Looking for credit cards with high credit limits? Whether you want to accommodate a hefty monthly spend, finance large purchases or pay off a big balance, you’ll find them here.
What do we mean by high limit?
Let’s start by tackling the definition of “credit limit.”
Your credit limit is the amount you’re allowed to charge to your credit account without having to pay off at least some of your balance. If you exceed your credit limit, the issuer will usually decline the transaction.
$10,000 is generally considered to be a high credit card limit. If you get credit lines like that, it’s clear that the card issuer trusts you to be a pretty responsible borrower.
Here are a few of our favorites – we’ll dig deeper into each card below.
|Premium Travel||Chase Sapphire Reserve®|
|Premium Travel & Lounge Access||The Platinum Card® from American Express|
|Balance Transfers||U.S. Bank Visa® Platinum Card|
|Fair Credit||Capital One QuicksilverOne Rewards Credit Card|
|Bad Credit||Bank of America® Customized Cash Rewards Secured Card|
With most cards, the credit limit you get will depend on your creditworthiness, with an emphasis on your credit scores and income. In general, the better your credit and the higher your income, the higher your credit limits will be.
That means almost any card can be a high limit credit card – even those you can get with average credit. But those designed for good and excellent credit are most likely to get the highest limits, because card issuers feel more comfortable extending more credit to people with better scores.
Best for Premium Travel
Chase Sapphire Reserve®
The Chase Sapphire Reserve® is one of the leading premium travel cards, with competitive reward rates on travel and dining, a flexible travel credit and a variety of cost-saving perks.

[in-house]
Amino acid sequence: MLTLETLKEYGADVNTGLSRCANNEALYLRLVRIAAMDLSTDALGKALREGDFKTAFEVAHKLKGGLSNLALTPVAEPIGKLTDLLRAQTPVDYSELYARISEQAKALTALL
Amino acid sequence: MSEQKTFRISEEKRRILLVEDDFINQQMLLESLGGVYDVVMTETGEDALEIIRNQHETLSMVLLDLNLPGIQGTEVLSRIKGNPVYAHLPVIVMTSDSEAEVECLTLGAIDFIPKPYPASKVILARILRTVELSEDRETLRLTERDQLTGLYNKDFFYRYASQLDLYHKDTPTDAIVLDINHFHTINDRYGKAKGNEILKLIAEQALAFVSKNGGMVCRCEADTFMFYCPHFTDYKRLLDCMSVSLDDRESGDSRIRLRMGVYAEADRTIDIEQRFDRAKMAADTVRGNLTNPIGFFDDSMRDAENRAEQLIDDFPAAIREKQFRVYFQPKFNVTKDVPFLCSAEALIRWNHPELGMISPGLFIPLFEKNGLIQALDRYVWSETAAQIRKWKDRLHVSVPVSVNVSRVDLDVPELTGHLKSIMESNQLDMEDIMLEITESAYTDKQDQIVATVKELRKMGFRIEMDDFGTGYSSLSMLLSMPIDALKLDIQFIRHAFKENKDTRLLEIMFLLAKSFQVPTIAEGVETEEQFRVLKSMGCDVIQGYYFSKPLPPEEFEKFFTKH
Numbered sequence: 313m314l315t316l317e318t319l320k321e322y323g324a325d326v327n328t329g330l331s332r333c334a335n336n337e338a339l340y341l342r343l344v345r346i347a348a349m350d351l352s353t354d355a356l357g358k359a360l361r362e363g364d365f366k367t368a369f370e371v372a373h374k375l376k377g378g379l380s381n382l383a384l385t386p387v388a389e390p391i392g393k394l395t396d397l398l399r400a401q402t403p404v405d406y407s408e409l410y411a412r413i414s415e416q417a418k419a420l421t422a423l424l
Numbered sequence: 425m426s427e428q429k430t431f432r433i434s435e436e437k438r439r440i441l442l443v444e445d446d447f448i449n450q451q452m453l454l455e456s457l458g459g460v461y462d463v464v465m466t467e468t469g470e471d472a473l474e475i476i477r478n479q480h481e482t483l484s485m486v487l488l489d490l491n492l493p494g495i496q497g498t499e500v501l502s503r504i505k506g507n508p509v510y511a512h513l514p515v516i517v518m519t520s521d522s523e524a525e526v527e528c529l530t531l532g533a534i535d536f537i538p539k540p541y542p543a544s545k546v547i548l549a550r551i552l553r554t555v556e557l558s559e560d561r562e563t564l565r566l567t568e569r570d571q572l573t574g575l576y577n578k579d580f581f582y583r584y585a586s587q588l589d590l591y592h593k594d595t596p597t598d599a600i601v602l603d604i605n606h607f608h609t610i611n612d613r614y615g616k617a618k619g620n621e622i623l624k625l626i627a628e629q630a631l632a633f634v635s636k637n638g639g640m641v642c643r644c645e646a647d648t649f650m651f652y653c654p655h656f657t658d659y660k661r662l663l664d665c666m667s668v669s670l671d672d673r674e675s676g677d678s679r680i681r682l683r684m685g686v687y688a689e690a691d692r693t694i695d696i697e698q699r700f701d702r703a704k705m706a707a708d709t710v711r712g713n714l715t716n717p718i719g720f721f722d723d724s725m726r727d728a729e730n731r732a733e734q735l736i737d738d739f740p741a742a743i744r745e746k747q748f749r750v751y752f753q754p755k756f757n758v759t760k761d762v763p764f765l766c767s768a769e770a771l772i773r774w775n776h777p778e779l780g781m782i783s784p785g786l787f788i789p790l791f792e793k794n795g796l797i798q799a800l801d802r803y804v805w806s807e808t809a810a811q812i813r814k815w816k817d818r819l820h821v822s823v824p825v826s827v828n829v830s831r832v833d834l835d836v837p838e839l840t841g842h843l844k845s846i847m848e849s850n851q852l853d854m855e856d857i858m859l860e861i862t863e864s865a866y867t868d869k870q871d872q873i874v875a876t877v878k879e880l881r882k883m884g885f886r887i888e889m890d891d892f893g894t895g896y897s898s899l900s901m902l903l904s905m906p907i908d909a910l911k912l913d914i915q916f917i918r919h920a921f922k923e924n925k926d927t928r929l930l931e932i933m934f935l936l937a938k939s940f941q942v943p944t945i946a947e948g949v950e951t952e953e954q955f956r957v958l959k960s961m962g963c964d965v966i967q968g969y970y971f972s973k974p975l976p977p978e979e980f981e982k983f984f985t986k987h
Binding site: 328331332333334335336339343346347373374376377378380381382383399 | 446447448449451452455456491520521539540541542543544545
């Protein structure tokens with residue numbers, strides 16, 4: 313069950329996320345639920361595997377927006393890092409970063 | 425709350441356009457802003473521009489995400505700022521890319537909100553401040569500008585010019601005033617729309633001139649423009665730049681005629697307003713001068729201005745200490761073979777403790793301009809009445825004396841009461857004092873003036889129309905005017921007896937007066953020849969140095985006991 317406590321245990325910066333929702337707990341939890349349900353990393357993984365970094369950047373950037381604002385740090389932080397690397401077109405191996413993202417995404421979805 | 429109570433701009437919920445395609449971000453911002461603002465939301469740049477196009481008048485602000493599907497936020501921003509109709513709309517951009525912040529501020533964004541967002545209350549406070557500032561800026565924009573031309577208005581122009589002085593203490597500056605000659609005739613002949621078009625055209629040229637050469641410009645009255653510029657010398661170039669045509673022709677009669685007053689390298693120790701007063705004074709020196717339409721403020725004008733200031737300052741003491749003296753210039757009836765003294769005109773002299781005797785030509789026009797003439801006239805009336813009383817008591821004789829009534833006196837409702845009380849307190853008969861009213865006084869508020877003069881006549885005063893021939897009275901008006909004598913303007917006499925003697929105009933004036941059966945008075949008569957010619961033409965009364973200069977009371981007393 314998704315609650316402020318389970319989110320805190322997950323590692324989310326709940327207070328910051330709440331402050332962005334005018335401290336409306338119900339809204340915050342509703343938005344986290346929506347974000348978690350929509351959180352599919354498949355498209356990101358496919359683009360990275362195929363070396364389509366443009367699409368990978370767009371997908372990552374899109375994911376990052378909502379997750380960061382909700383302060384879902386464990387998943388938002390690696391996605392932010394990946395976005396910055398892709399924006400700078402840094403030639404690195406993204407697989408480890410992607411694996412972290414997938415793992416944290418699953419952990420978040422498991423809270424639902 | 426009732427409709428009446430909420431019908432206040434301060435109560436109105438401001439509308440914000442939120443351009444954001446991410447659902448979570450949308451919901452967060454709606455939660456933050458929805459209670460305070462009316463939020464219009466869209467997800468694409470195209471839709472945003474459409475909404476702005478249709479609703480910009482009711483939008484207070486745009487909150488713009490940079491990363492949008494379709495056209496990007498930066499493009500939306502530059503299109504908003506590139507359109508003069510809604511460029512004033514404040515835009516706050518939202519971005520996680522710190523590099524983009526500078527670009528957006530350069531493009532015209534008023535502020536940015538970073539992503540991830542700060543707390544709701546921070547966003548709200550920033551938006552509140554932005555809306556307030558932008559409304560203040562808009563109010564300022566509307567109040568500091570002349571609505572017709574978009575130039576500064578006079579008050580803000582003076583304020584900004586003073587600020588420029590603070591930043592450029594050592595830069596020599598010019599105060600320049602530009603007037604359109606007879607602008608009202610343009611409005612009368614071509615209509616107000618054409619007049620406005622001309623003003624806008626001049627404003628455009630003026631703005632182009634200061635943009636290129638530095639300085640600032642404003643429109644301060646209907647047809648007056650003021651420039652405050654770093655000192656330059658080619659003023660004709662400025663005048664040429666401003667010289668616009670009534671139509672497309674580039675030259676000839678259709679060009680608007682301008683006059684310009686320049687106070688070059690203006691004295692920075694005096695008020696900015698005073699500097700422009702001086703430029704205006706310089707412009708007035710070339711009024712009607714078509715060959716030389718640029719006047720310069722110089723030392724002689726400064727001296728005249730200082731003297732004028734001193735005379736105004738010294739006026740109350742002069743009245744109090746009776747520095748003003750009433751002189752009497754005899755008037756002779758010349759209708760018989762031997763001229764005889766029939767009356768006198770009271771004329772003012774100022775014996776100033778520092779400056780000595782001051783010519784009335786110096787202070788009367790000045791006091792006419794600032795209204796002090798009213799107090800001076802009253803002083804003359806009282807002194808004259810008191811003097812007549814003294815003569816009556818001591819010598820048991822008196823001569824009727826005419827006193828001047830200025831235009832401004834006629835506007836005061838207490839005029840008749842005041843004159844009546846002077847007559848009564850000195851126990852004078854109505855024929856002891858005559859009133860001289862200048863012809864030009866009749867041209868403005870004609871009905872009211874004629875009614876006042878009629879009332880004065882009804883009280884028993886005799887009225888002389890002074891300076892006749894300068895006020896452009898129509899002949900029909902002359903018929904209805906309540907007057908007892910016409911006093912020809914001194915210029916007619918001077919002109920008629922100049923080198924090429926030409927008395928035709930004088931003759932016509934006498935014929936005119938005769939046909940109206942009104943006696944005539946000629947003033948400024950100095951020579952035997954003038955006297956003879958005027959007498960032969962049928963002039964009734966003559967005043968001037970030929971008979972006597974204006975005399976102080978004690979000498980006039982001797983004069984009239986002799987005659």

The Chase Sapphire Reserve® comes with a minimum credit limit of $10,000. It’s issued as a Visa Infinite card, the highest tier of Visa benefits available.
Other premium travel cards
Not ready for the splendor that is the Reserve? Check out its cousin, the Chase Sapphire Preferred® Card, which has a minimum credit limit of $5,000, a smaller annual fee and fewer perks.
Or for some other high-end travel credit card offers, consider:
- The Platinum Card® from American Express: No preset spending limit
- U.S. Bank Altitude® Reserve Visa Infinite® Card: No minimum credit limit published by issuer, but reported by Doctor of Credit to be $5,000
- Various airline credit cards and hotel credit cards
Best for Premium Travel and Airport Lounge Access
The Platinum Card® from American Express
Ah, The Platinum Card® from American Express. With near-mythical status in the credit card universe, the Platinum card has long been one of the most well-known and coveted travel cards.
In today’s competitive market, the card tends to be valued more for its benefits – like the annual travel credits, unrivaled airport lounge access and elite hotel status – rather than for its rewards, which are a bit limited. There’s a lot going on here, so if you’re a cardholder be sure to explore the many features before booking travel.